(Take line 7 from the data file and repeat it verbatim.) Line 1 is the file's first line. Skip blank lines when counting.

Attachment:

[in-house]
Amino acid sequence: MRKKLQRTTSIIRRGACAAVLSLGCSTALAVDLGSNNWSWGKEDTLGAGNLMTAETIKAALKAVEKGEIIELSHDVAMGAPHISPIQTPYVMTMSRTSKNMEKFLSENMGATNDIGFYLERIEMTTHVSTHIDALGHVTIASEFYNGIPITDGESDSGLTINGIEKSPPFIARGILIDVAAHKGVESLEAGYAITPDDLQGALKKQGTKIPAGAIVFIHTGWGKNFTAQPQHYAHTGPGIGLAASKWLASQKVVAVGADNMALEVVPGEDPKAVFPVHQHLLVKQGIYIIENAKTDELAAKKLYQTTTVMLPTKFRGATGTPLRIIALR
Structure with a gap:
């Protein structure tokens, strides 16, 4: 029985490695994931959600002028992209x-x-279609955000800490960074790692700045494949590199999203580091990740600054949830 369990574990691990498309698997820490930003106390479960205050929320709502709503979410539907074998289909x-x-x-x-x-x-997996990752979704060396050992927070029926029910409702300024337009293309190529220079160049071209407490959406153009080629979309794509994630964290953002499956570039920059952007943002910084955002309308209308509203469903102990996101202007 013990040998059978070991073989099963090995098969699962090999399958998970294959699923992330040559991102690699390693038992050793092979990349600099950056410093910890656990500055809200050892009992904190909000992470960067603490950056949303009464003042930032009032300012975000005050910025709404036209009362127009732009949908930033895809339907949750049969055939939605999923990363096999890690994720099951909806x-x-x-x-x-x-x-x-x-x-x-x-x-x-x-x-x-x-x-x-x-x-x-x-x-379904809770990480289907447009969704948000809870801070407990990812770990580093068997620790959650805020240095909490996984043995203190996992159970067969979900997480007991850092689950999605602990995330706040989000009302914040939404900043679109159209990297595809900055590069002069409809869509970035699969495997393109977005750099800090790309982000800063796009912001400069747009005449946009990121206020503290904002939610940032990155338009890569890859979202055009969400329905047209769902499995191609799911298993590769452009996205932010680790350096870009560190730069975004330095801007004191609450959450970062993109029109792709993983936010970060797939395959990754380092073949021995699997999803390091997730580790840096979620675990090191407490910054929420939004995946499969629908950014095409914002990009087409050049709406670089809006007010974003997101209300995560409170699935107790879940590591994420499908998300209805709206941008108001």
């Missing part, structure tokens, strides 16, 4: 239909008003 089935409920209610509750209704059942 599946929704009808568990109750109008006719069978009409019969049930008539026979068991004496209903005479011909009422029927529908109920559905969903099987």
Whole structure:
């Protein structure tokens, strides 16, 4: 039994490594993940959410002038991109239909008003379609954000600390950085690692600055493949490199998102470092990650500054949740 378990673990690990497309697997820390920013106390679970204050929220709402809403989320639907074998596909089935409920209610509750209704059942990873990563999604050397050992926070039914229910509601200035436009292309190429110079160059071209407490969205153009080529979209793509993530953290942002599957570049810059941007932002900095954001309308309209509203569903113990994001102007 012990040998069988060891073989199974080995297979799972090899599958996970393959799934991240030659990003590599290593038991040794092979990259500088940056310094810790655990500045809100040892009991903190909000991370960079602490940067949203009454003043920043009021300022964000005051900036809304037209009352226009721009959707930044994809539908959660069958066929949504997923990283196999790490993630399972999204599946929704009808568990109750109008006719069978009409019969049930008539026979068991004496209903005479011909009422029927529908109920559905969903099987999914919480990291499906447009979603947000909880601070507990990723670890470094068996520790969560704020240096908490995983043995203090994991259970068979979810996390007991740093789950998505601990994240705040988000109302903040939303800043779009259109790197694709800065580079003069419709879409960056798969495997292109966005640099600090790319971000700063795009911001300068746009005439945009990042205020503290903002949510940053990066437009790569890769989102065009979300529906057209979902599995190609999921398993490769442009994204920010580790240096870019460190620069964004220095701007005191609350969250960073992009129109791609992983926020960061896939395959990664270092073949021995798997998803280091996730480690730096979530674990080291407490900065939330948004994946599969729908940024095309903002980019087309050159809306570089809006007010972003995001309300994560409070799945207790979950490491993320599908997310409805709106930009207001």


């Protein structure tokens, strides 16, 4: 039994490594993940959410002038991109239909008003379609954000600390950085690692600055493949490199998102470092990650500054949740 378990673990690990497309697997820390920013106390679970204050929220709402809403989320639907074998596909089935409920209610509750209704059942990873990563999604050397050992926070039914229910509601200035436009292309190429110079160059071209407490969205153009080529979209793509993530953290942002599957570049810059941007932002900095954001309308309209509203569903113990994001102007 012990040998069988060891073989199974080995297979799972090899599958996970393959799934991240030659990003590599290593038991040794092979990259500088940056310094810790655990500045809100040892009991903190909000991370960079602490940067949203009454003043920043009021300022964000005051900036809304037209009352226009721009959707930044994809539908959660069958066929949504997923990283196999790490993630399972999204599946929704009808568990109750109008006719069978009409019969049930008539026979068991004496209903005479011909009422029927529908109920559905969903099987999914919480990291499906447009979603947000909880601070507990990723670890470094068996520790969560704020240096908490995983043995203090994991259970068979979810996390007991740093789950998505601990994240705040988000109302903040939303800043779009259109790197694709800065580079003069419709879409960056798969495997292109966005640099600090790319971000700063795009911001300068746009005439945009990042205020503290903002949510940053990066437009790569890769989102065009979300529906057209979902599995190609999921398993490769442009994204920010580790240096870019460190620069964004220095701007005191609350969250960073992009129109791609992983926020960061896939395959990664270092073949021995798997998803280091996730480690730096979530674990080291407490900065939330948004994946599969729908940024095309903002980019087309050159809306570089809006007010972003995001309300994560409070799945207790979950490491993320599908997310409805709106930009207001």